SEHS Test Topic 6

Question Answer
What are the steps of the scientific method? observation, hypothesis, experiment, collect data, conclusion, retest
Why do we use the scientific method? to gather data that answers a question and support or refute a hypothesis
accuracy how close the data is to being correct
precision how exact or specific an answer is
qualitative data gives descriptive information and is measured with the senses
quantitative data gives numerical information and is measured by instruments
discrete data takes particular values, only a finite number of values is possible
continuous data is not restricted to separate values, can be meaningfully subdivided into finer increments
independent variable affects the dependent variable and is changed or manipulated
dependent variable changes due to the independent variable, is observed and measured
control group no tested, used for comparison, not changed
Why are variables controlled? What does this mean? variables are controlled to maintain the reliability and validity of the experiment
hypothesis a suggested solution to the problem (ex. IF one runs up and down the stairs for two minutes THEN their heart rate will increase.)
null hypothesis a statement a researcher tries to invalidate with evidence
alternative hypothesis a statement a researcher tries to support with evidence
What do error bars represent in data presentations? Why are they used? give a general idea of how precise a measurement is or how far from the reported value the TRUE (error free) value might be; represent 1 standard deviation above and below the mean
mean average
median middle number of a data set
mode number that occurs the most in a data set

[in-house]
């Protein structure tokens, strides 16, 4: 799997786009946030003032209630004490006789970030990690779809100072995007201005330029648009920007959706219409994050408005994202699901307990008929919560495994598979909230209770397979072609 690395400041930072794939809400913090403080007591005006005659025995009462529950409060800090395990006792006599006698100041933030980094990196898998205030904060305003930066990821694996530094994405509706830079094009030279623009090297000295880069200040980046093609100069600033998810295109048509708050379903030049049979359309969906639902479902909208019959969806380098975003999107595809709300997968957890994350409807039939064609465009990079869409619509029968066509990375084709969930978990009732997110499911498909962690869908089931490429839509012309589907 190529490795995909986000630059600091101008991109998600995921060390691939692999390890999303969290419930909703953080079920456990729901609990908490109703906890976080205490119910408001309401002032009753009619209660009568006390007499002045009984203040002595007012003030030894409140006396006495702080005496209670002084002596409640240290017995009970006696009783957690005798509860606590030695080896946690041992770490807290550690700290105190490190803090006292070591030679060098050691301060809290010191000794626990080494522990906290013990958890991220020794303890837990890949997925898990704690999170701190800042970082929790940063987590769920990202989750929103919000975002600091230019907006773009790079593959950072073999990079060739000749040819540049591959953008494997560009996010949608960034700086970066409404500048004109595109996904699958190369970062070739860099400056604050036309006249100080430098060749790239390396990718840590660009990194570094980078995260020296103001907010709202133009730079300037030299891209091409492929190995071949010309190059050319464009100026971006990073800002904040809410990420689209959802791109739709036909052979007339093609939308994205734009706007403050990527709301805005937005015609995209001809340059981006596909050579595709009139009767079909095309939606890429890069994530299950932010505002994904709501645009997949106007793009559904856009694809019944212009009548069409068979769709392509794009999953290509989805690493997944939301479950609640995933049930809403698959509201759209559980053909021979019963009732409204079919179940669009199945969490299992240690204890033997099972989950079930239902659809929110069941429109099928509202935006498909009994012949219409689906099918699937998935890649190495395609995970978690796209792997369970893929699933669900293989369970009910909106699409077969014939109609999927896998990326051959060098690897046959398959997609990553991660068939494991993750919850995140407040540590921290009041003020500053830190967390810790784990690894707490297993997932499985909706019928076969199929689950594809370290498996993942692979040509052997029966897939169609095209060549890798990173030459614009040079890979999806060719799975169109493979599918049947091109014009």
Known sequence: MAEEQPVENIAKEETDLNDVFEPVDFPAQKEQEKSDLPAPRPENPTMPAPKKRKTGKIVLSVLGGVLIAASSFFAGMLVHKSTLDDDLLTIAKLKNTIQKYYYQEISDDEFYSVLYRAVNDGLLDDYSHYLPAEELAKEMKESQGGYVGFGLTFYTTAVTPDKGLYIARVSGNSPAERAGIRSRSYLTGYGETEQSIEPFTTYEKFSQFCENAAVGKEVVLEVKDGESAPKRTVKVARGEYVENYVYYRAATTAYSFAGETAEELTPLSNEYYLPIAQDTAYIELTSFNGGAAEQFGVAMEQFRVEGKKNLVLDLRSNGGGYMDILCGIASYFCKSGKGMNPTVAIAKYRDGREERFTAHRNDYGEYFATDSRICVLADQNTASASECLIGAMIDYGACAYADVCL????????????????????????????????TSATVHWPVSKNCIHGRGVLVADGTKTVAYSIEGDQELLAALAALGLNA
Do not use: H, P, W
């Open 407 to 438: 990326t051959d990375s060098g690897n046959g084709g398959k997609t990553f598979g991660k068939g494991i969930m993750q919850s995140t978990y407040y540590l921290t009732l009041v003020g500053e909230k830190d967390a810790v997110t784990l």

range difference between the highest and the lowest value
outlier number that lies and abnormal distance from other values
variance statistical term to help process the spread of data; calculated by r^2
coefficient of variation calculated value to aid statistical analysis; V=(100xSD)/mean
What is probability? Why is it relevant to data analysis? the likelihood something will happen; used to see how likely the differences in results from an experiment were due to random chance or significant correlation
What is the difference between z and t? Which is more applicable to IB SEHS and why? z is for population while t is for sample size; as you increase your sample size the closer you get to z; t is more applicable to IB SEHS because you are only testing a sample instead of the population
paired t-test compares two sets of data that are directly related; before and after
unpaired t-test compares two sets of data that are not directly related; control and experimental groups
one tailed test only concerned with data above OR below the mean
two tailed test concerned with data both above and below the mean
degree of freedom one less than the number of subjects
r correlation coefficient; used for finding strength and direction of correlation
r^2 coefficient of variation; used for determining what percent of the variability of the data can be explained by the linear relationship
extrapolation the action of estimating or concluding something by assuming that existing trends will continue or a current method will remain applicable